Score: **

Format: This film was reviewed on the Australian region B bluray release which runs for approximately 85 minutes. The 16×9 image is bright but grainy (with an odd artefact) to the point of distraction. The Dolby Digital 2.0 audio is pretty good though.

Score: **

Extras: Only a trailer for the film.

Score: *

WISIA: The film is extraordinarily slow and the 85 minutes it runs for feels like 3 days, and I won’t have 3 days to waste ever again.

The Brides of Dracula: Yvonne Monlaur as Marianne

The Gorgon (1964) Review

One from the to watch pile…
The Gorgon (1964)

The cover of the Australian Bluray of The Gorgon

Film: Hammer horror films are some of my favourite horror films, and I have been a champion of them for many years, even to the point I once had a letter published in an early issue of Kitbuilders Magazine wondering why there were hundreds of Universal Horror characters available in model kit form, but Hammer horror characters didn’t seem to get much respect from those in the ‘kitbashing’ and resin model kit hobby.

Thankfully those days are gone and those still in that hobby, of which I am no longer one (due mainly to time restraints), have many Hammer characters to choose from.. and perhaps I like to think I may have had a small part in that.

The Gorgon: Peter Cushing as Dr. Namaroff

These films have had us see heaps of exposure to wonderful actors like Christopher Lee, Peter Cushing and Michael Ripper and their female counterparts, the so-called Hammer Glamour set, such as Caroline Monroe, Stephanie Beacham and Madeline Smith. The most famous of their films were about Dracula, or Frankenstein, but their forays into other creatures, like zombies, in The Plague of Zombies, or lizard-women, like in The Reptile were also occasionally incredibly entertaining.

Which leads us to this film, The Gorgon.

Paul Heinz (Richard Pasco) has travelled to a small village to investigate the death of his father, Professor Jules Heinz (Michael Goodliffe) and his brother, Bruno (Jeremy Longhurst), who apparently killed himself after murdering his pregnant girlfriend.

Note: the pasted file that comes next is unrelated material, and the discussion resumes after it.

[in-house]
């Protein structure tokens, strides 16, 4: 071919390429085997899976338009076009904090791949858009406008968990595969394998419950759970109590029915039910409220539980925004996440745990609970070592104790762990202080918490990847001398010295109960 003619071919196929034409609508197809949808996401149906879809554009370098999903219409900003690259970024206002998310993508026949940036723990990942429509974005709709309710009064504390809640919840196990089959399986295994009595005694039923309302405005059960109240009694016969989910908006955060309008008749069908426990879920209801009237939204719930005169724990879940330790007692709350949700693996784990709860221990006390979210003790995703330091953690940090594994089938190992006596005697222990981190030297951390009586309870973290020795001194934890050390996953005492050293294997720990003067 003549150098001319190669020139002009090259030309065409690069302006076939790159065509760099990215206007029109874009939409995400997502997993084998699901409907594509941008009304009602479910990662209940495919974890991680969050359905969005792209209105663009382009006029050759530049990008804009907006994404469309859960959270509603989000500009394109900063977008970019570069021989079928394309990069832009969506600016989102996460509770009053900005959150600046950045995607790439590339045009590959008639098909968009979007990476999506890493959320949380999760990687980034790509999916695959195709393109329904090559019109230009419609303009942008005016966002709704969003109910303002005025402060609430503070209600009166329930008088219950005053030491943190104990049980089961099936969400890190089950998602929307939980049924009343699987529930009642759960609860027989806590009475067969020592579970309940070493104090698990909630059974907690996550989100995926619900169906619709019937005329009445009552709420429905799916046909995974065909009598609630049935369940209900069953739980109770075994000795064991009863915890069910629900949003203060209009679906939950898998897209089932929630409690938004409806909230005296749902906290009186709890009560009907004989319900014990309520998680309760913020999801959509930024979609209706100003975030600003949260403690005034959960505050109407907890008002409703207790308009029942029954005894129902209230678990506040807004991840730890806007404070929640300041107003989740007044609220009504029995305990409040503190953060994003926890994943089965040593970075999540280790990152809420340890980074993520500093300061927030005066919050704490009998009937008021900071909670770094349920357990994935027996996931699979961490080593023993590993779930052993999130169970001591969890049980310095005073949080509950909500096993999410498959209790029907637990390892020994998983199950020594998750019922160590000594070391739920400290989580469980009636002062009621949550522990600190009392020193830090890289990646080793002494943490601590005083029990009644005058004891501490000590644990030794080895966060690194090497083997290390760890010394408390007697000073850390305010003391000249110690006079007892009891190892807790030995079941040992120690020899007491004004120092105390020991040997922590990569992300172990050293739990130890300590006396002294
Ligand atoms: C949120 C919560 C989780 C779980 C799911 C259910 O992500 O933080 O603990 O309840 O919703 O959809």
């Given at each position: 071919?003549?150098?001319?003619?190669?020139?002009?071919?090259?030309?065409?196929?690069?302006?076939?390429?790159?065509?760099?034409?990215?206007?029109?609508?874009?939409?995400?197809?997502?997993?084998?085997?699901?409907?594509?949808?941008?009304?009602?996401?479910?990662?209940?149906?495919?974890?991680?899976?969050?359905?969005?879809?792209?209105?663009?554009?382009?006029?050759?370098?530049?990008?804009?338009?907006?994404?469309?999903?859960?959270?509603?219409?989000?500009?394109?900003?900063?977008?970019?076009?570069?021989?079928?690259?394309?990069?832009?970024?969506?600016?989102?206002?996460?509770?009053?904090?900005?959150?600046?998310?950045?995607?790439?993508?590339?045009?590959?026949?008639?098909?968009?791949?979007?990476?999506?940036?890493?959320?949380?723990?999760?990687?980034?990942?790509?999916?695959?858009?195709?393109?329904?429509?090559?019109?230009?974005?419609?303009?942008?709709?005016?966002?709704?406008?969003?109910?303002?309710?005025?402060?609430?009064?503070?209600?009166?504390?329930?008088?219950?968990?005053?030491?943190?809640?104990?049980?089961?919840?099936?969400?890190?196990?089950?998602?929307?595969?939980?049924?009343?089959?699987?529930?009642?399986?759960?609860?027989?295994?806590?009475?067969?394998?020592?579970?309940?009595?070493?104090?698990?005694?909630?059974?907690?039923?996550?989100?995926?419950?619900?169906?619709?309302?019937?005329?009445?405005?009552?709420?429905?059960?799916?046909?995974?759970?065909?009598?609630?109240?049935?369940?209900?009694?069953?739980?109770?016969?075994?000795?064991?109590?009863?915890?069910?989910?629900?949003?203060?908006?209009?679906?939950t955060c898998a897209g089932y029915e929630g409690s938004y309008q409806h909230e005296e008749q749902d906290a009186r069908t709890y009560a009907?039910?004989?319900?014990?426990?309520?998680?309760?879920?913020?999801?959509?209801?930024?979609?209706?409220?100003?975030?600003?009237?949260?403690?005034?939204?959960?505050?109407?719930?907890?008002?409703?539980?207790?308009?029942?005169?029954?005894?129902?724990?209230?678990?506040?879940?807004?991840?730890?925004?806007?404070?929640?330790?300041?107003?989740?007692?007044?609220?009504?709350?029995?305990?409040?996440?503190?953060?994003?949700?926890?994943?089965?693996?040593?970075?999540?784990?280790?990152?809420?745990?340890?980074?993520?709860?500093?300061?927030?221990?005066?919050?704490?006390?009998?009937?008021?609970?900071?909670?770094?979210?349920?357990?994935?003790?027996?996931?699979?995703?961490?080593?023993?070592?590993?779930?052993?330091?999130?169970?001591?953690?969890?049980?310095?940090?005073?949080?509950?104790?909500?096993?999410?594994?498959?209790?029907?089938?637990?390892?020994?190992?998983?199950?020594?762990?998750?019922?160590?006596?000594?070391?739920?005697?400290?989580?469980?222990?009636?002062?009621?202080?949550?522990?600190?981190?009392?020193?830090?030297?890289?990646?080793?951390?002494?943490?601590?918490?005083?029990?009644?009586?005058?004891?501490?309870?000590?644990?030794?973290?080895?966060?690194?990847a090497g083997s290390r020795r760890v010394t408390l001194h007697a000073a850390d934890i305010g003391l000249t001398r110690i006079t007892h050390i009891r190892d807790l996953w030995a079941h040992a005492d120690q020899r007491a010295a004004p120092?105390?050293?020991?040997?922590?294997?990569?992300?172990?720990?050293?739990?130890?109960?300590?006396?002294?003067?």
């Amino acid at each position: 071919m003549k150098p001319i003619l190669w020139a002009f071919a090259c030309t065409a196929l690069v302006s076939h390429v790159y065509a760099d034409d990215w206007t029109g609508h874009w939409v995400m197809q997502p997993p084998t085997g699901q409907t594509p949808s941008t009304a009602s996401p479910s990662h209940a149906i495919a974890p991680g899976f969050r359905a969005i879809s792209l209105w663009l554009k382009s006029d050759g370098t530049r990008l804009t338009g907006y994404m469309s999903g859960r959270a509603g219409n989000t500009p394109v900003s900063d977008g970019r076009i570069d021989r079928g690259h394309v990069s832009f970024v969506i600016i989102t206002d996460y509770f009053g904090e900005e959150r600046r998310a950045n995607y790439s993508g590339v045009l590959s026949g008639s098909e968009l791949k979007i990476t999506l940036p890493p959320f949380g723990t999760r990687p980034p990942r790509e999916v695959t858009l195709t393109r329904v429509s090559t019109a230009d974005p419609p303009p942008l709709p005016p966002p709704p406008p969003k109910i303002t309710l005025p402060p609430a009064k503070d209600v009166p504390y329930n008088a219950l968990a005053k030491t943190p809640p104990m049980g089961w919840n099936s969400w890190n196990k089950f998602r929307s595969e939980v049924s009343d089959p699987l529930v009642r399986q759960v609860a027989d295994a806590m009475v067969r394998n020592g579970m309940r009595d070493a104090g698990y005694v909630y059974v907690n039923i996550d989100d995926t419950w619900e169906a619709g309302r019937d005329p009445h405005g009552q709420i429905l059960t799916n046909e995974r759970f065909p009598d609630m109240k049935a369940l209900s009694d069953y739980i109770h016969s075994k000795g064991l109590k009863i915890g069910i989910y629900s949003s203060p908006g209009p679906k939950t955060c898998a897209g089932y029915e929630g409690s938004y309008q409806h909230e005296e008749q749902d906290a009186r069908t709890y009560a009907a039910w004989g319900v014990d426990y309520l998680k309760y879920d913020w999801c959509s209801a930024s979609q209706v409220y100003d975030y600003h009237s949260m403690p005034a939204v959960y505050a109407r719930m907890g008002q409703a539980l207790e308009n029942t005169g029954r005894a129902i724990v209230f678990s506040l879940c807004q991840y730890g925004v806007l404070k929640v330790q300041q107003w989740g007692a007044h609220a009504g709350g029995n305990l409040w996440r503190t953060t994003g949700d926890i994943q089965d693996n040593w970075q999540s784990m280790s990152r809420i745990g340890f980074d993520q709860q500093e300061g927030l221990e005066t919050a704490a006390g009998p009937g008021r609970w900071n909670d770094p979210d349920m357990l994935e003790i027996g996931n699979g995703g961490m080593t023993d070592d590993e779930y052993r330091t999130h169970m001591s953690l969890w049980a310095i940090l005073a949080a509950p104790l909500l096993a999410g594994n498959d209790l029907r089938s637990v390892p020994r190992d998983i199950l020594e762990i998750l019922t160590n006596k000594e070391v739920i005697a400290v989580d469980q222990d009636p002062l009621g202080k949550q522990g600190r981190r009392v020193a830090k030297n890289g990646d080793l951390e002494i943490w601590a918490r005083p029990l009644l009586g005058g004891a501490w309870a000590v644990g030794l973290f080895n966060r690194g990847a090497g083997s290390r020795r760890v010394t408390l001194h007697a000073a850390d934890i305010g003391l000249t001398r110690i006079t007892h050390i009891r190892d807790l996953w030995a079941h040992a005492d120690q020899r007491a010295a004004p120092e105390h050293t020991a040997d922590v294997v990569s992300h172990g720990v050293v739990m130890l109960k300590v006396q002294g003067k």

The doctor who pronounced them both dead, Dr. Namaroff (Peter Cushing) seems to be hiding something from Paul’s investigation though, which may or may not involve his assistant, Carla (Barbara Shelley), and legends of the mythical Gorgon, Megaera, keep turning up in conversation.

Thankfully, Paul’s mentor, Professor Karl Meister (Christopher Lee) turns up to assist, but can they solve the mystery before either one of them get… ahem… stoned?

The Gorgon: Patrick Troighton and Christopher Lee

Immediately this film is notable as it has Lee and Cushing in it, so Hammer fans should sit up and take notice, and the performances of all concerned are melodramatic, as one would expect. Special note should be made that this film also features second Doctor Who Patrick Troughton as the chief of police, and Prudence Hyman, who starred in other Hammer films like The Witches and Rasputin The Mad Monk. Hammer direction stalwart Terrance Fischer uses his talent to create some great sequences, but the joy stops there.

The story was written by one time movie writer, J. Llewellyn Devine, and developed into a screenplay by yet another Hammer regular, John Gilling, a writer/ director who is possibly best known for another Hammer film, The Mummy’s Shroud. This film, from a story point of view, unfortunately, is little more than a derivative of a werewolf film, with the big mystery being WHO is the normal person who changes, and that is telegraphed so early you could turn off the film at the 20 minute mark and know the result.

That would be a shame though, as the Gorgon make-up is magnificently cheesy.

In effect, it’s not that is a bad film but from a story point of view, it’s just disastrously generic, and bereft of surprises.

Score: ***

The Gorgon Madman Bluray menu screen: no extras for you!

Format: The reviewed copy is the Australian region B bluray, which runs for approximately 1 hour and 24 minutes, and is presented in a quite clear 1.75:1 image with a decent Dolby Digital Mono audio 

Score: ***

Extras: Nothing!

Score: 0

WISIA: Tragically, this is probably a Hammer film I won’t revisit just because the story is done so much better by so many other werewolf films, even though this isn’t a werewolf film.

The Gorgon: Barbara Shelley as Carla